Authority figure

Coal Board consultant, leisure planner, council chief executive, health boss - Terry Hanafin is Mr Local Public Services. By Paul Gosling

`My message to young people early in their career is not to get themselves into cul-de-sacs. There is no job for life any more, so you have to make yourself attractive in the jobs market."

Terry Hanafin's advice to graduates and junior executives is worth listening to as he has achieved the rare distinction of being chief executive both of a health authority and a council. He achieved this after a career break from local government to work for the King's Fund College conducting management training and consultancy for health trusts. That gave him the diversity of experience to manage virtually anywhere in the public services.

His commitment to public services is a birthright. Born into a working- class family but going to university at Oxford, the experience not only led him to the public sector as a vocation, but also took him to Brent council as an elected Labour member for 10 years. Other chief executives, notably Mick Lyons at Birmingham, have also found their political histories no bar to top management, although senior officers are no longer allowed to be politically active.

But Terry Hanafin is also an example of another trend in public services - the rise of the corporate manager. His degree course included study in operational research, and his first job with the National Coal Board was as an operational researcher, in effect an internal management consultant. He moved from there to become a leisure services planner in Greenwich borough. He then joined Camden borough as a corporate planner, but soon decided the authority was not committed to the concept. "The lesson is if you are in the wrong job get out quickly," he says.

From there, at just 25, he became head of corporate planning at Lewisham. "It was a really tough job," recalls Mr Hanafin. "The first two weeks were the worst two weeks of my life. Most of the chief officers told me my unit was a waste of time and money, and the ones that didn't made it pretty clear that was what they believed."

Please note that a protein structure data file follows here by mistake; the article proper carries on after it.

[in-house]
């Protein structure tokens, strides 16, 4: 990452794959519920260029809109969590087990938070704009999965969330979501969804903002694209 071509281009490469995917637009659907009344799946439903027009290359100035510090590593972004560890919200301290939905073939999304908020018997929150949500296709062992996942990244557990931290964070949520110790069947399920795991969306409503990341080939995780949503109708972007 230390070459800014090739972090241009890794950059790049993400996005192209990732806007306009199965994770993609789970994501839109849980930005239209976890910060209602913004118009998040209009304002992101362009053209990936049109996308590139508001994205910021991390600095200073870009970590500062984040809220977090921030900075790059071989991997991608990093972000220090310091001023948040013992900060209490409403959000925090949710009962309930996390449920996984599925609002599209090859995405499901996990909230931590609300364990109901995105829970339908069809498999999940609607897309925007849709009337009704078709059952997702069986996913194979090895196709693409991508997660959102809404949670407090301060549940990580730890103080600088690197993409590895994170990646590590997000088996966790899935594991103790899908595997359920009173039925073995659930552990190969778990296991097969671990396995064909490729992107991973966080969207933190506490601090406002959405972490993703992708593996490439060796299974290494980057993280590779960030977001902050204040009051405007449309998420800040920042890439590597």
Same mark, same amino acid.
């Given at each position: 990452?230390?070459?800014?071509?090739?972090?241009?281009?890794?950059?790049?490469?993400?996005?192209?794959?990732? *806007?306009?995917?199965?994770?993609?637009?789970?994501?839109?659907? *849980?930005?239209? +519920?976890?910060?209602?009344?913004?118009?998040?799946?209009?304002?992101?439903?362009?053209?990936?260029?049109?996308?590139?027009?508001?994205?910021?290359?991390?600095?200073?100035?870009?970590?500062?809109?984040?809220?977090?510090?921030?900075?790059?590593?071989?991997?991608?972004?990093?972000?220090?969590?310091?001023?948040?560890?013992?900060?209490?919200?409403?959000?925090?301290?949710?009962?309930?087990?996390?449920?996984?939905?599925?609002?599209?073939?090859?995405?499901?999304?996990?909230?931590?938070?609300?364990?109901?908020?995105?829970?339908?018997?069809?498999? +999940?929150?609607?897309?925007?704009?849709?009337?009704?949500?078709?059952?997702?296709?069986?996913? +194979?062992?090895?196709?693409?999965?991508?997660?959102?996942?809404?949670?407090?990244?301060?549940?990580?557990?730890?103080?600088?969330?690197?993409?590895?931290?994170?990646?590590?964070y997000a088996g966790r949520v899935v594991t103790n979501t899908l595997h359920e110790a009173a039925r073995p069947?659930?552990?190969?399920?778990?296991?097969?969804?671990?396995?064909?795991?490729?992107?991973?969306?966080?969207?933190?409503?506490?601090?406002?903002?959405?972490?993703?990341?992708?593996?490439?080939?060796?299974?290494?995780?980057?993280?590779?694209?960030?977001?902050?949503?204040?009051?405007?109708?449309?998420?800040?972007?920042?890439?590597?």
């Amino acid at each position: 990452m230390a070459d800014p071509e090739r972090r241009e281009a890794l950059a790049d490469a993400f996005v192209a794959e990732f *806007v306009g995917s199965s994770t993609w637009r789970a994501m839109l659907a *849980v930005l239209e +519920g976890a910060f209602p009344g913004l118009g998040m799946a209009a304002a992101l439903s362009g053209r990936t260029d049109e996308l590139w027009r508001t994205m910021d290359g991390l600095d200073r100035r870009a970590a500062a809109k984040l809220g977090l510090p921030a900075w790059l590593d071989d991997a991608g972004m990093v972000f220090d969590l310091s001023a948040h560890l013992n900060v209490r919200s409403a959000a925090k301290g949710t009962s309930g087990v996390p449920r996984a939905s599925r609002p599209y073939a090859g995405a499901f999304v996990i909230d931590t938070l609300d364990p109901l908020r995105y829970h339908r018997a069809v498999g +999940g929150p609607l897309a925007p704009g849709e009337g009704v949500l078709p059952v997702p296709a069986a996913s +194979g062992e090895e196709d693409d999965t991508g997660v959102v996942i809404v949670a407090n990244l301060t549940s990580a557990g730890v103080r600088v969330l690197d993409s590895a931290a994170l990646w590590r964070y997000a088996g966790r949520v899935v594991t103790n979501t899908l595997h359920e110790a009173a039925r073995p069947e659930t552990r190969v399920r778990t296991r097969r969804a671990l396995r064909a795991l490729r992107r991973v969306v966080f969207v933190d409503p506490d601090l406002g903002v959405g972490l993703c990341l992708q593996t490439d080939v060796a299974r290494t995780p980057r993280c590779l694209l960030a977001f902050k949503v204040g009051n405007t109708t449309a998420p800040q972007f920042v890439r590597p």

Gradually, though, he gained the trust of the chief officers as well as councillors. His responsibilities increased, and he oversaw the transfer of over 30 services from the disbanded GLC, which he describes as "probably the most satisfying job of my life" despite personally disagreeing with the abolition.

By the time Terry Hanafin left Lewisham for his stint at the King's Fund his job had been repeatedly expanded and revised, and he had become redesignated assistant chief executive. He returned to Lewisham two years later as chief executive.

For a few weeks in 1992 Mr Hanafin achieved notoriety in the fly-on- the-wall BBC TV documentary, Town Hall, starring as the affable chief executive coping with the back-stabbing of the ruling Labour group. Those programmes illuminate his explanation of why he allowed himself to be head-hunted by Croydon health authority when his five-year contract at Lewisham was completed.

"I do believe in local democracy, but the reality in many local authorities is that they are not very satisfying because you don't have the space to use your skills and experience productively," says Mr Hanafin. "Members treat senior officers with little respect. Just look at the turnover of senior staff in some authorities."

Mr Hanafin believes all councils should consider codes of conduct that spell out the roles of councillors and officers, requiring councillors to leave employees the scope necessary to carry out their work.